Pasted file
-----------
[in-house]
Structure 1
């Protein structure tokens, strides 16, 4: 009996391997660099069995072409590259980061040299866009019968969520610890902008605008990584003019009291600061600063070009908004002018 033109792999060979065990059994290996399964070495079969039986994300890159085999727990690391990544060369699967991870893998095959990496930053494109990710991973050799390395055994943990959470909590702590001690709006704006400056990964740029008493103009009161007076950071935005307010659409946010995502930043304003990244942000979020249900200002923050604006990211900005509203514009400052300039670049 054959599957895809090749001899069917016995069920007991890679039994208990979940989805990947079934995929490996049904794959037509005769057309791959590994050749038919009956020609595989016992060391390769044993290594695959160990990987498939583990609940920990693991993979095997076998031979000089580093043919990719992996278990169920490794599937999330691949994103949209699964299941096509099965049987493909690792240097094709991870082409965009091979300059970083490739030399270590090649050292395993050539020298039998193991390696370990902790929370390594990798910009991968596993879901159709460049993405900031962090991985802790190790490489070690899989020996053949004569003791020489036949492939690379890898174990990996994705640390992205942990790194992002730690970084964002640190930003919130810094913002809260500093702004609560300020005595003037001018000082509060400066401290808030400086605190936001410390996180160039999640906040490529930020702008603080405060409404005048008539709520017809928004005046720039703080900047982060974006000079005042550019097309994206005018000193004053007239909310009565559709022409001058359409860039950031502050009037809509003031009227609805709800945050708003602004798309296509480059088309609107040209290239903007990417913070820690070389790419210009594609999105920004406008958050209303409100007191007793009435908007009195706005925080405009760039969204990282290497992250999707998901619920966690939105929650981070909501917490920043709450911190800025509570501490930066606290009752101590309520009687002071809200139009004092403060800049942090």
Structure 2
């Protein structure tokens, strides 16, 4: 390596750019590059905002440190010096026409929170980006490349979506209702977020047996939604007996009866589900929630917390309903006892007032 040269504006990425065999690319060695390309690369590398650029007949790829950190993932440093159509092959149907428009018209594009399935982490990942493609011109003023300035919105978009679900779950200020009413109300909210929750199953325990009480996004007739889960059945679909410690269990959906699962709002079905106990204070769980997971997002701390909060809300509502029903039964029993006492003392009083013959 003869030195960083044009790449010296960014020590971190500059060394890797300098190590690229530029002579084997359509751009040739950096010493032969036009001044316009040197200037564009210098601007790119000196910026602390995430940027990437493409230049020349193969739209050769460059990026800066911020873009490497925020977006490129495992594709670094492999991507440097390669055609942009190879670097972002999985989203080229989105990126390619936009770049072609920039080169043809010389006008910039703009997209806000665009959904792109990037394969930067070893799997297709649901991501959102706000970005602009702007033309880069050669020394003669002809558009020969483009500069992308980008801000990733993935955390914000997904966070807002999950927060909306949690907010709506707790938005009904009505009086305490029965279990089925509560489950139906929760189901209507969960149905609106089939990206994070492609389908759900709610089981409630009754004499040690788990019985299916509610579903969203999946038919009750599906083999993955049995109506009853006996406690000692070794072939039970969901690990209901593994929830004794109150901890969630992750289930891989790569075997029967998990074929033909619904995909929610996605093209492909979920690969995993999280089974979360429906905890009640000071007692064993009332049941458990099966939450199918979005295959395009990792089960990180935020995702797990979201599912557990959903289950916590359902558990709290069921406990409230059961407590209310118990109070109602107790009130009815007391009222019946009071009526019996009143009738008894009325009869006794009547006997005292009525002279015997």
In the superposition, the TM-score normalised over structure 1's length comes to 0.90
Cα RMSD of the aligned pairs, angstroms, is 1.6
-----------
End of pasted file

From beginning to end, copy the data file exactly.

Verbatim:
[in-house]
Structure 1
């Protein structure tokens, strides 16, 4: 009996391997660099069995072409590259980061040299866009019968969520610890902008605008990584003019009291600061600063070009908004002018 033109792999060979065990059994290996399964070495079969039986994300890159085999727990690391990544060369699967991870893998095959990496930053494109990710991973050799390395055994943990959470909590702590001690709006704006400056990964740029008493103009009161007076950071935005307010659409946010995502930043304003990244942000979020249900200002923050604006990211900005509203514009400052300039670049 054959599957895809090749001899069917016995069920007991890679039994208990979940989805990947079934995929490996049904794959037509005769057309791959590994050749038919009956020609595989016992060391390769044993290594695959160990990987498939583990609940920990693991993979095997076998031979000089580093043919990719992996278990169920490794599937999330691949994103949209699964299941096509099965049987493909690792240097094709991870082409965009091979300059970083490739030399270590090649050292395993050539020298039998193991390696370990902790929370390594990798910009991968596993879901159709460049993405900031962090991985802790190790490489070690899989020996053949004569003791020489036949492939690379890898174990990996994705640390992205942990790194992002730690970084964002640190930003919130810094913002809260500093702004609560300020005595003037001018000082509060400066401290808030400086605190936001410390996180160039999640906040490529930020702008603080405060409404005048008539709520017809928004005046720039703080900047982060974006000079005042550019097309994206005018000193004053007239909310009565559709022409001058359409860039950031502050009037809509003031009227609805709800945050708003602004798309296509480059088309609107040209290239903007990417913070820690070389790419210009594609999105920004406008958050209303409100007191007793009435908007009195706005925080405009760039969204990282290497992250999707998901619920966690939105929650981070909501917490920043709450911190800025509570501490930066606290009752101590309520009687002071809200139009004092403060800049942090």
Structure 2
């Protein structure tokens, strides 16, 4: 390596750019590059905002440190010096026409929170980006490349979506209702977020047996939604007996009866589900929630917390309903006892007032 040269504006990425065999690319060695390309690369590398650029007949790829950190993932440093159509092959149907428009018209594009399935982490990942493609011109003023300035919105978009679900779950200020009413109300909210929750199953325990009480996004007739889960059945679909410690269990959906699962709002079905106990204070769980997971997002701390909060809300509502029903039964029993006492003392009083013959 003869030195960083044009790449010296960014020590971190500059060394890797300098190590690229530029002579084997359509751009040739950096010493032969036009001044316009040197200037564009210098601007790119000196910026602390995430940027990437493409230049020349193969739209050769460059990026800066911020873009490497925020977006490129495992594709670094492999991507440097390669055609942009190879670097972002999985989203080229989105990126390619936009770049072609920039080169043809010389006008910039703009997209806000665009959904792109990037394969930067070893799997297709649901991501959102706000970005602009702007033309880069050669020394003669002809558009020969483009500069992308980008801000990733993935955390914000997904966070807002999950927060909306949690907010709506707790938005009904009505009086305490029965279990089925509560489950139906929760189901209507969960149905609106089939990206994070492609389908759900709610089981409630009754004499040690788990019985299916509610579903969203999946038919009750599906083999993955049995109506009853006996406690000692070794072939039970969901690990209901593994929830004794109150901890969630992750289930891989790569075997029967998990074929033909619904995909929610996605093209492909979920690969995993999280089974979360429906905890009640000071007692064993009332049941458990099966939450199918979005295959395009990792089960990180935020995702797990979201599912557990959903289950916590359902558990709290069921406990409230059961407590209310118990109070109602107790009130009815007391009222019946009071009526019996009143009738008894009325009869006794009547006997005292009525002279015997």
In the superposition, the TM-score normalised over structure 1's length comes to 0.90
Cα RMSD of the aligned pairs, angstroms, is 1.6